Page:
At our meeting with him, now–Prime Minister Putin snapped back quite aggressively when asked why Lenin is still in his mausoleum in Red Square, asking a British colleague why there is still a monument to Cromwell outside parliament in London. One of my British colleagues reacted quite huffily to this but I must say that being half Irish and remembering Cromwell’s crimes against Ireland (which today would undoubtedly be labeled genocide) I saw a good deal of truth in this--except of course that Cromwell ruled Britain 350 years ago, and not 90 years ago.-- Anatol Lieven (via 3QD)
... Lenin continues to be difficult for Russia. It's impossible to know what would've happened had he met with a knock on the head en route to the Finland Station, but it seems likely there would've been no Bolshevik coup, and that a military regime would've taken over the reins at some point from the hopelessly fragmented, uncertain quasi-liberals. It's hard to imagine such a regime's being as bad as Stalin's, but it might have been worse than the Empire, which we tend to whitewash in retrospect. Russia was a police state under the tsars, and there is no reason to romanticize what the West knew quite well was a reactionary state.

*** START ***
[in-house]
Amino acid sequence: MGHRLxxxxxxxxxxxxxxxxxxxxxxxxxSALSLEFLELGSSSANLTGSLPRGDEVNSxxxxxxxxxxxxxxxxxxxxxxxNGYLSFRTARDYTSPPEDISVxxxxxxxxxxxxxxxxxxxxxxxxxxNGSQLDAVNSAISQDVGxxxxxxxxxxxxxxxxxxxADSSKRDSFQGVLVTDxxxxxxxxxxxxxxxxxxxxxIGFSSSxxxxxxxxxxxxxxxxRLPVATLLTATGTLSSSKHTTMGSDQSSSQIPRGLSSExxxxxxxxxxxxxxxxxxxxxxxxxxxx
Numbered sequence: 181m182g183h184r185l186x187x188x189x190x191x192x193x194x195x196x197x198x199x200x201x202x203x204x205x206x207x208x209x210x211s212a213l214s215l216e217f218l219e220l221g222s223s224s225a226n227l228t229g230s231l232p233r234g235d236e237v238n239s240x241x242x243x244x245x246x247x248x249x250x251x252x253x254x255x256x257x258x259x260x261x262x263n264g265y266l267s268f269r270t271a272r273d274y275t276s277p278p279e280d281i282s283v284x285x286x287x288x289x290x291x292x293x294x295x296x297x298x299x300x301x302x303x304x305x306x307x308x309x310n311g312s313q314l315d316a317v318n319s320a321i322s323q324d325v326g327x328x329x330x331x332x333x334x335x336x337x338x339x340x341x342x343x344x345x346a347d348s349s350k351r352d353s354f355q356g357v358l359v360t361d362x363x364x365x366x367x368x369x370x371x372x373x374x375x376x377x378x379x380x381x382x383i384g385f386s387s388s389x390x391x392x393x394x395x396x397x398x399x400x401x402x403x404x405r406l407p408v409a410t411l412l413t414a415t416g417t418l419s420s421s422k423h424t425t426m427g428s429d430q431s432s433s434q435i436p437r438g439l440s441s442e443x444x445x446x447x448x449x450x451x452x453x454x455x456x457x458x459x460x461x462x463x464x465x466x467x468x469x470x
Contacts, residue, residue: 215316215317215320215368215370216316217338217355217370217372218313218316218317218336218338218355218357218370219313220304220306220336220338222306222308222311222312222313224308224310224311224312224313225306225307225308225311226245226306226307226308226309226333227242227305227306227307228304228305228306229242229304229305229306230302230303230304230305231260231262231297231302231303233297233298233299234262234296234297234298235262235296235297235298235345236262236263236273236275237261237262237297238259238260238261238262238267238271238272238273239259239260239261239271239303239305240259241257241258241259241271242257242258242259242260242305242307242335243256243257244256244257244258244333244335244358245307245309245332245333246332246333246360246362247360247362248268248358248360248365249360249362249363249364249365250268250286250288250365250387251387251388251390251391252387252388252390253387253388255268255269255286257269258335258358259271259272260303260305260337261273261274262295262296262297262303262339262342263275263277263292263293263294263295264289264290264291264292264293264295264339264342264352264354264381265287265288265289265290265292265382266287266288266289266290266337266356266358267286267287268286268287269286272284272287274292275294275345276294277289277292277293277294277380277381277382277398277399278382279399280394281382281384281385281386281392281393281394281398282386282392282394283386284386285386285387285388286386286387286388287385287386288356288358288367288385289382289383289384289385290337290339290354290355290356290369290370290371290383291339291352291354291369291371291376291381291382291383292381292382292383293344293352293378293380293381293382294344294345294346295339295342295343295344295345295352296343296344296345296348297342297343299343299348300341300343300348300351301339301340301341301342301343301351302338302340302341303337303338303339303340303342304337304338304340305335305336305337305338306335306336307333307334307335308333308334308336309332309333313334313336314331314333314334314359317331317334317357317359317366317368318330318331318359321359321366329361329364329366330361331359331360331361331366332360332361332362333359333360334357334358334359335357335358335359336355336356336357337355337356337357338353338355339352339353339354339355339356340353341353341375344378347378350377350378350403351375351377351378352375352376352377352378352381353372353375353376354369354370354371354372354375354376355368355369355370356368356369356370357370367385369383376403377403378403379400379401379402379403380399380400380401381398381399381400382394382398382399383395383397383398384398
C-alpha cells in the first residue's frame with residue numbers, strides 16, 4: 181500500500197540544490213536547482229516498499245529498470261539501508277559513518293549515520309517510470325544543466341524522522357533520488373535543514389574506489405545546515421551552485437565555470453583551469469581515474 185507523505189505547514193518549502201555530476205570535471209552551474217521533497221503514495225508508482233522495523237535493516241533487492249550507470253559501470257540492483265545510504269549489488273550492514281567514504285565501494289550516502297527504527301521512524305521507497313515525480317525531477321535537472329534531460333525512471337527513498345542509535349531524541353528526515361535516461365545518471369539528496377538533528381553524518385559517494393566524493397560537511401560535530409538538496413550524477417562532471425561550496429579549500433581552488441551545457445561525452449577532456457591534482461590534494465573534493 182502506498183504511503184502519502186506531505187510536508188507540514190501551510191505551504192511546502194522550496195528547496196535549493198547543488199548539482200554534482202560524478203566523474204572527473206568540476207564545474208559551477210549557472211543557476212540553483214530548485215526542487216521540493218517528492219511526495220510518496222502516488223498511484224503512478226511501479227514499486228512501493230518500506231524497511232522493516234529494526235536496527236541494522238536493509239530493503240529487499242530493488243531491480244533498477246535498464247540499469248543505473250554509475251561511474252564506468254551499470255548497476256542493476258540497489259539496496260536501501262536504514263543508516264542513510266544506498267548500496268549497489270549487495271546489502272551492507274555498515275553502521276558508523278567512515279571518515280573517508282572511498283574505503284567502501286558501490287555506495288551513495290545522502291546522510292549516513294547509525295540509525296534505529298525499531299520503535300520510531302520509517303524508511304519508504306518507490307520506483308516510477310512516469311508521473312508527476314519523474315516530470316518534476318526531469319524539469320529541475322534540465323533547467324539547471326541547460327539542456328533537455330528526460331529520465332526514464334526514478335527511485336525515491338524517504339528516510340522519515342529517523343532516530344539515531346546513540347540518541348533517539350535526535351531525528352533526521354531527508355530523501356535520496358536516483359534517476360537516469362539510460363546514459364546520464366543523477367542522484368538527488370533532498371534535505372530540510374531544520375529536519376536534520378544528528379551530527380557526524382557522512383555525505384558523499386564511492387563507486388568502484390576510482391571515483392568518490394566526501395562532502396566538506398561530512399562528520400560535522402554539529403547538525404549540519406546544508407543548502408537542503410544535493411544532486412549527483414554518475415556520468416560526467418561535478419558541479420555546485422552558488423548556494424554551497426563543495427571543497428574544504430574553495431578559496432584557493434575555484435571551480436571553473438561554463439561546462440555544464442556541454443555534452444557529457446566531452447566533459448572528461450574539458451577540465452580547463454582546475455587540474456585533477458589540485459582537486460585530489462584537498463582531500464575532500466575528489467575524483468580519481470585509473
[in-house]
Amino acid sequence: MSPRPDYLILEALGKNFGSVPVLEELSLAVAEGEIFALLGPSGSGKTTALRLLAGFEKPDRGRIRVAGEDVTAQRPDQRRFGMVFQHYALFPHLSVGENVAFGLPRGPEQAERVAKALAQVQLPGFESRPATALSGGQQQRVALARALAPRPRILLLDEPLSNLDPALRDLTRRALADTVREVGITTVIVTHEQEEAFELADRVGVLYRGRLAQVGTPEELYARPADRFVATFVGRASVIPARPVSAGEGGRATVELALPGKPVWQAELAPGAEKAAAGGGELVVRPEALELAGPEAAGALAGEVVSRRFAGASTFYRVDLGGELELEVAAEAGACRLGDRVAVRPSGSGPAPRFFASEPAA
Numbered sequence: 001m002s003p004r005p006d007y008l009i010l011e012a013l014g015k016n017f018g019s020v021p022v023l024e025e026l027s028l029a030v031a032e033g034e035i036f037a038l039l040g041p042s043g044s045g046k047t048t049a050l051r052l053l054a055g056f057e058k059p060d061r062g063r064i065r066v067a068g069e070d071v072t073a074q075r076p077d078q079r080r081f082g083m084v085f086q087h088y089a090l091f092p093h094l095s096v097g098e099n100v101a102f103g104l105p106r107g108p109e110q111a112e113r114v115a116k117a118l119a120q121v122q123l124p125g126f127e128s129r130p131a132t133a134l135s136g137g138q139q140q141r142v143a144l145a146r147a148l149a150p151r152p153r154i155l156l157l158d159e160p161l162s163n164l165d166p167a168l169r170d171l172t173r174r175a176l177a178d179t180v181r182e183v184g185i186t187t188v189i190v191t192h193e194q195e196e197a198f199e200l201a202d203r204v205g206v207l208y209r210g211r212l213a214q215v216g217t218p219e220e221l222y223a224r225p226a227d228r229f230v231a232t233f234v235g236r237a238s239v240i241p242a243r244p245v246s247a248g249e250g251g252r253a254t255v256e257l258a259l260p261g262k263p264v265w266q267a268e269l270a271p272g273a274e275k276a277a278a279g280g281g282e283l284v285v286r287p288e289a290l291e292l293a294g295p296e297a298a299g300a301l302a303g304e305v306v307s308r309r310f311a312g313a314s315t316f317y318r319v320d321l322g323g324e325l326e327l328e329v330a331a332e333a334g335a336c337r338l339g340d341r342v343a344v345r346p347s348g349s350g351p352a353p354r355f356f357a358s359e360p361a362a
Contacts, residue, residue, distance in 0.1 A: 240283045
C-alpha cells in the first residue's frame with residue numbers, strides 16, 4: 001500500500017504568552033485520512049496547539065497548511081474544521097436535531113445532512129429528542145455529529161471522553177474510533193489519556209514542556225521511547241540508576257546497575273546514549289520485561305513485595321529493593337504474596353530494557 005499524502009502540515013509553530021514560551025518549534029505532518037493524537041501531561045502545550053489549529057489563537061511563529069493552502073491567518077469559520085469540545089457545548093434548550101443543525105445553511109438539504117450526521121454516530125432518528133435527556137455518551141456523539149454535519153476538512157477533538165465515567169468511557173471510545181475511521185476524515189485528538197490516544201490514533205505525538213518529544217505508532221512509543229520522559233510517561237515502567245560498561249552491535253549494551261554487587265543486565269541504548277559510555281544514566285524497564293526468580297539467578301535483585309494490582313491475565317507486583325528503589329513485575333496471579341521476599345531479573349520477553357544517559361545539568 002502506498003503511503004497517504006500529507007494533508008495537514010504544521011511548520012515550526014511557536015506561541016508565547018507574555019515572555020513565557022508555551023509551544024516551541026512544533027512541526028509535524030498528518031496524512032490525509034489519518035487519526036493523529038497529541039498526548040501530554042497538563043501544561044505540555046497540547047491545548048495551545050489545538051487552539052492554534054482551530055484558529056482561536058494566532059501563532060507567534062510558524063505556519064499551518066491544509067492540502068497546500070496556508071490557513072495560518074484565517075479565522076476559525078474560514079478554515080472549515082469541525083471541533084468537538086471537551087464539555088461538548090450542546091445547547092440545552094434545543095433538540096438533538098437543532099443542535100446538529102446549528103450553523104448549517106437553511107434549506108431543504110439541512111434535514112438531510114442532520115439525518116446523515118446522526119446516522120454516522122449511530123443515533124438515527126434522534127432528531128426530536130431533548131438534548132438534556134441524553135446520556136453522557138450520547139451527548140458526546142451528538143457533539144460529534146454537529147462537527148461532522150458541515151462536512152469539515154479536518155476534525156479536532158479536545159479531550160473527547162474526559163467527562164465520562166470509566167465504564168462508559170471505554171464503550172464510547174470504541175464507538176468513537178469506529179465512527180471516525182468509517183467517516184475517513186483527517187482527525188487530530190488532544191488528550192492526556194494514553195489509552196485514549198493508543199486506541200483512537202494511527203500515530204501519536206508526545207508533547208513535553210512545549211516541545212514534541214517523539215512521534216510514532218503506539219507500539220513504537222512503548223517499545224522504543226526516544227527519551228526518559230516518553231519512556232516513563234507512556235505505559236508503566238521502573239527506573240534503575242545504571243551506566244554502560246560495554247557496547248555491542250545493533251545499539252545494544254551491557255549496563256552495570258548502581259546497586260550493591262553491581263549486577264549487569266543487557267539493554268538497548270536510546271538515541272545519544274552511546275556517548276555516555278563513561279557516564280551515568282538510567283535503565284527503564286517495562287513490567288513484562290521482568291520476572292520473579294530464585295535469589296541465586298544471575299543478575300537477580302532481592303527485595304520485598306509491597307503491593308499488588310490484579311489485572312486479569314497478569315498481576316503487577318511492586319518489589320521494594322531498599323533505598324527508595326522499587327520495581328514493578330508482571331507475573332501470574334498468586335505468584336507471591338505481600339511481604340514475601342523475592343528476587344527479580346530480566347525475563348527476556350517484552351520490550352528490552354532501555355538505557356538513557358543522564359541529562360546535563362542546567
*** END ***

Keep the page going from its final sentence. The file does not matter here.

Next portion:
Most Russians today probably believe, wrongly we think, that Lenin brought about the 1917 revolution. So when they think of Lenin, they think of the man who supposedy liberated them from tsarism. His death just six years after the October Revolution, and the several orders of magnitude by which Stalin incresed the terrors of Leninism, did a lot to encourage amnesia about those very real terrors.
So, given the number of things wrong with Russia today, I'm not sure I'd fault them for confusing Lenin with Washington.